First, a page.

I just finished one of John Grisham's legal thrillers, The Appeal. Gripping, and a change from my steady diet of garden literature.
I wondered why Grisham so often called his novels "The noun" (The Firm, The Client, The Chamber) -- and I also wondered, would he ever set one of his books in the world of horticulture?
If he did, it might sound something like this:
Sam ran down the dirt road, finding his way by the light of the half moon, clutching the seed tray to his chest. The sprouts were all that remained of his years of botanical research on corn.
Was it only two months since George Luger had first visited Sam's University of Mississippi greenhouse lab?
As his feet thudded along the packed dirt, Sam's thoughts went back to the day when he accepted the research grant Luger offered.
What he had not realized until this evening was that Luger was the central actor in a corporate conspiracy that reached from Wall Street to the corn fields of the Midwest. A conspiracy that sought to destroy the hybrid corn Sam had developed.
The sprouts Sam carried were the last survivors of his hybrid corn -- corn that could grow easily without pesticides. This robust hybrid would dramatically increase corn crops all over the world, alleviating mass hunger.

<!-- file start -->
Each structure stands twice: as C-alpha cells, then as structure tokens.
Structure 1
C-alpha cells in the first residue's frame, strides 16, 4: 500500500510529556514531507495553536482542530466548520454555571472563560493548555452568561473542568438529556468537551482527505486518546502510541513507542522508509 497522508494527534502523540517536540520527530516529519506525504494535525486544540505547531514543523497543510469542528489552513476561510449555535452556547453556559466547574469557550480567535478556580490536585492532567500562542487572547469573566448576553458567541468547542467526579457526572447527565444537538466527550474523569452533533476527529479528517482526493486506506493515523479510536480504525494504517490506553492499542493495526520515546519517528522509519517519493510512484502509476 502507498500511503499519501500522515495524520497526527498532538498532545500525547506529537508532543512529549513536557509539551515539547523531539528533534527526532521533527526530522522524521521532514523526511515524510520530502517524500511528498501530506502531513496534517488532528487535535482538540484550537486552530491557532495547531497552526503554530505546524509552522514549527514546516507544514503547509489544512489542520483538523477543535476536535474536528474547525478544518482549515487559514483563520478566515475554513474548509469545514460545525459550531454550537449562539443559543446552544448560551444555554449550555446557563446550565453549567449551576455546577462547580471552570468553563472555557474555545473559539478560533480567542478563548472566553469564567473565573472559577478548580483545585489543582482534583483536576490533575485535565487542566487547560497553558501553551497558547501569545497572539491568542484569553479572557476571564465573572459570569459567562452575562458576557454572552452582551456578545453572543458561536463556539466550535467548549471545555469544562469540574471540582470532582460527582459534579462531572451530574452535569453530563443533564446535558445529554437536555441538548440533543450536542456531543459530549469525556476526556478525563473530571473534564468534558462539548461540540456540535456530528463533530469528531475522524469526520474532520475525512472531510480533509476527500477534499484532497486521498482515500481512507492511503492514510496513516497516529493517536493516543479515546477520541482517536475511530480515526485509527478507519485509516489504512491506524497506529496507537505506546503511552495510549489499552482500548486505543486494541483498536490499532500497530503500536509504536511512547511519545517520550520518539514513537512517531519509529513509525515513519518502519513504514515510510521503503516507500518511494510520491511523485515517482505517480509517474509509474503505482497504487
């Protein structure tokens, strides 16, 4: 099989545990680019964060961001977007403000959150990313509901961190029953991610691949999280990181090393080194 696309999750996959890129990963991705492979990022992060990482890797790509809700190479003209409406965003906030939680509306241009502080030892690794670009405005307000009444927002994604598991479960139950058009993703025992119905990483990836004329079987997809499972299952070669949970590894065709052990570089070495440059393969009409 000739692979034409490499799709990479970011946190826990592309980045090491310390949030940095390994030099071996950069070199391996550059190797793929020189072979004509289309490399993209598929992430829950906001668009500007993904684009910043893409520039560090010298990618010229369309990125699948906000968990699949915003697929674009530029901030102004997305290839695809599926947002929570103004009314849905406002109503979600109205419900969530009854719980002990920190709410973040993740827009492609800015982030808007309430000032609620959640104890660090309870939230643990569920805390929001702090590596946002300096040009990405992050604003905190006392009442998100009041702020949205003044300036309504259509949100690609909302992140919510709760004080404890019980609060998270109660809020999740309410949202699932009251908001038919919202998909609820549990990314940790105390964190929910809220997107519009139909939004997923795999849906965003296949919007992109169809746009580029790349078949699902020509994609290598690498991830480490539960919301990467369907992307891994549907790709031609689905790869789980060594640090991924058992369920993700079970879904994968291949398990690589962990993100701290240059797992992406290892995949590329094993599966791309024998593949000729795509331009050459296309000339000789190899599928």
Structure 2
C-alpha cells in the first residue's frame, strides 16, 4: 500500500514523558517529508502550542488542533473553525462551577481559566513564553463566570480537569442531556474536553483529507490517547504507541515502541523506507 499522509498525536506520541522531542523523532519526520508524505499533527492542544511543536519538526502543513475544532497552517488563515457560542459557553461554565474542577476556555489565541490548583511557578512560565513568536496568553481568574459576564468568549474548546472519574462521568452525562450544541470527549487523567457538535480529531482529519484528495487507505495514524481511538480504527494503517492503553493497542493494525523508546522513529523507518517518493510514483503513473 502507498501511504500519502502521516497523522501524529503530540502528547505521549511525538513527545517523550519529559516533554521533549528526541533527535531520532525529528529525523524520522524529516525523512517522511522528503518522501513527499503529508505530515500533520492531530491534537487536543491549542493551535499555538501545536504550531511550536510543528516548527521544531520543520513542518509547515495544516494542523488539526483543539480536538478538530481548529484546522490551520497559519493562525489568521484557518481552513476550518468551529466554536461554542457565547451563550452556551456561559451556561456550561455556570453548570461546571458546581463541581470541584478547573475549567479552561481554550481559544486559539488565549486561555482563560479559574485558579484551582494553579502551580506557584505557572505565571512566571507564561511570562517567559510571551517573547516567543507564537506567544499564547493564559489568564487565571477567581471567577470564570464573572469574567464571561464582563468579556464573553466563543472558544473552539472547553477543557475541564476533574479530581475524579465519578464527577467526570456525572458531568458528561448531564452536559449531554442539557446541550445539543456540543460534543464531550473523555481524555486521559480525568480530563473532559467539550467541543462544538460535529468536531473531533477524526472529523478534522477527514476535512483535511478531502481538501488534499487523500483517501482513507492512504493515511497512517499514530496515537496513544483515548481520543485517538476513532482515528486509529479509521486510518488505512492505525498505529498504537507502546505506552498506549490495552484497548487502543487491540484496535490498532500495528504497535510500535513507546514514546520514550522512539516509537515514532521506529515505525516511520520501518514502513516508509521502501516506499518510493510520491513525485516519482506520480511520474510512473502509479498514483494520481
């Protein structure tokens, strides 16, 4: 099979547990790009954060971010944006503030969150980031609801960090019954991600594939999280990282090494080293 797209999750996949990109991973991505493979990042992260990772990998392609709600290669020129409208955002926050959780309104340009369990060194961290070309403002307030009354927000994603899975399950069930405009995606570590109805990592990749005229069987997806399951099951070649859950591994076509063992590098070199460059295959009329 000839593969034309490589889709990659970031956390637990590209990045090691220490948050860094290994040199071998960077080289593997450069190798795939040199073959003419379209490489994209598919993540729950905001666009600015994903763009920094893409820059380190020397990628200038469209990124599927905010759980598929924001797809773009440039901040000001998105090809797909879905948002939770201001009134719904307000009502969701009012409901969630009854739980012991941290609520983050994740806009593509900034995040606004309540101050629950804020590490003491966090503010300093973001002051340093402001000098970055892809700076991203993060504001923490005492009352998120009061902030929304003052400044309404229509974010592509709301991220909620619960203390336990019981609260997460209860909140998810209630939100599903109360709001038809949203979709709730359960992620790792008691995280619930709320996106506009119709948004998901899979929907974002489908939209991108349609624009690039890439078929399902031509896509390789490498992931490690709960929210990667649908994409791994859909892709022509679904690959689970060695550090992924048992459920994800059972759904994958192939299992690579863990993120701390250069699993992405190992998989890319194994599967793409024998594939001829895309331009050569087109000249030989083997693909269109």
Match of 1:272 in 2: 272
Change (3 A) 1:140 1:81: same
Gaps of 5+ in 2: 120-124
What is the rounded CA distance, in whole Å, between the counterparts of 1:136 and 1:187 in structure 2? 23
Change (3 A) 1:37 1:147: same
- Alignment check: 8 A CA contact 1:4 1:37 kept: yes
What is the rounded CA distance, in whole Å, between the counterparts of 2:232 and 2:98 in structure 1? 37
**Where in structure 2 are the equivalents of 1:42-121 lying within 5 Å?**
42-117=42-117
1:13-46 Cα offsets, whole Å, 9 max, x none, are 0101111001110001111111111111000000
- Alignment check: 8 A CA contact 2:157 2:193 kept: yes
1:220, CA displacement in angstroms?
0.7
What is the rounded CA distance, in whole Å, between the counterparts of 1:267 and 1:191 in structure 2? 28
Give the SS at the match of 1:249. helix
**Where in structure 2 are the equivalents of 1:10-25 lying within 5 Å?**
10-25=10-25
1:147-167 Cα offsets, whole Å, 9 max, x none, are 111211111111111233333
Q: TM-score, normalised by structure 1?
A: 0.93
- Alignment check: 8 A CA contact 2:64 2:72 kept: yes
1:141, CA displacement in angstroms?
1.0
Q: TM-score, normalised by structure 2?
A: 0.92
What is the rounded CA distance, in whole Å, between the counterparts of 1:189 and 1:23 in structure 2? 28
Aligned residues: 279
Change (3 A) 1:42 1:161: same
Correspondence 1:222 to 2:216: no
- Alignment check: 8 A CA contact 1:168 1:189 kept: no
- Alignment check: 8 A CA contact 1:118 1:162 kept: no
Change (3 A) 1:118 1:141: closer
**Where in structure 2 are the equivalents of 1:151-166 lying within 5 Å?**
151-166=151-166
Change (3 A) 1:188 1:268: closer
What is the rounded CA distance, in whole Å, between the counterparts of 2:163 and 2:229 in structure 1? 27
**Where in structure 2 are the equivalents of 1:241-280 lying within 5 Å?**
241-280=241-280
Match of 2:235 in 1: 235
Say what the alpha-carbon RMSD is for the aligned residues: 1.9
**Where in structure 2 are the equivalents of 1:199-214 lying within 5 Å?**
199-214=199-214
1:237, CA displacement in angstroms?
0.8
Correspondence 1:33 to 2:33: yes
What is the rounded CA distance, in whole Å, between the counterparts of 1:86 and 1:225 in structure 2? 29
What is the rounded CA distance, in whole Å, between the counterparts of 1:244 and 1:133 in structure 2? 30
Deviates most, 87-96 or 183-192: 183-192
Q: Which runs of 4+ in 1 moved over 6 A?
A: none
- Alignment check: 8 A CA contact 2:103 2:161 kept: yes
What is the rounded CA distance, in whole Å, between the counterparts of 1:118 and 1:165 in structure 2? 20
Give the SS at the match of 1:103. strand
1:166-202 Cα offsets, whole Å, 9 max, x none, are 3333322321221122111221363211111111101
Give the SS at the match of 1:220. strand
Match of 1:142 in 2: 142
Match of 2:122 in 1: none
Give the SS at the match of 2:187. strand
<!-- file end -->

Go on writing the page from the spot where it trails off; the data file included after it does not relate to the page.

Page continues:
And the pesticide companies wanted his hybrid wiped off the map.
Sam ran on, hoping he was heading for the highway, where he would hitchike into Jackson and find the one man who could help him. He knew the senior Senator from Mississippi, Taylor Thomas, was in Jackson tonight, and as head of the Senate Agriculture Committee he had the power to crush the pesticide companies.
Suddenly Sam was blinded by headlights.
Stop, Sam, boomed a man's voice, Come over here and get in the car.
Sam ran into a ditch at the side of the road, trying to see past the lights and find out who was talking.
Sam, said the voice again, It's Senator Thomas. I've been looking for you. We have to get into town fast.
Sam walked slowly to the car, peering into the darkness.
Hurry Sam, we don't have much time.
As Sam reached the car someone pulled the seed tray away from him. Sam tried to hold on and several seed plugs came away in his hands. Then he felt a sudden pain in the back of his head, and as he fell to the ground he heard the car drive off.
And so, dear reader, what is your Grishamesque conclusion to this story?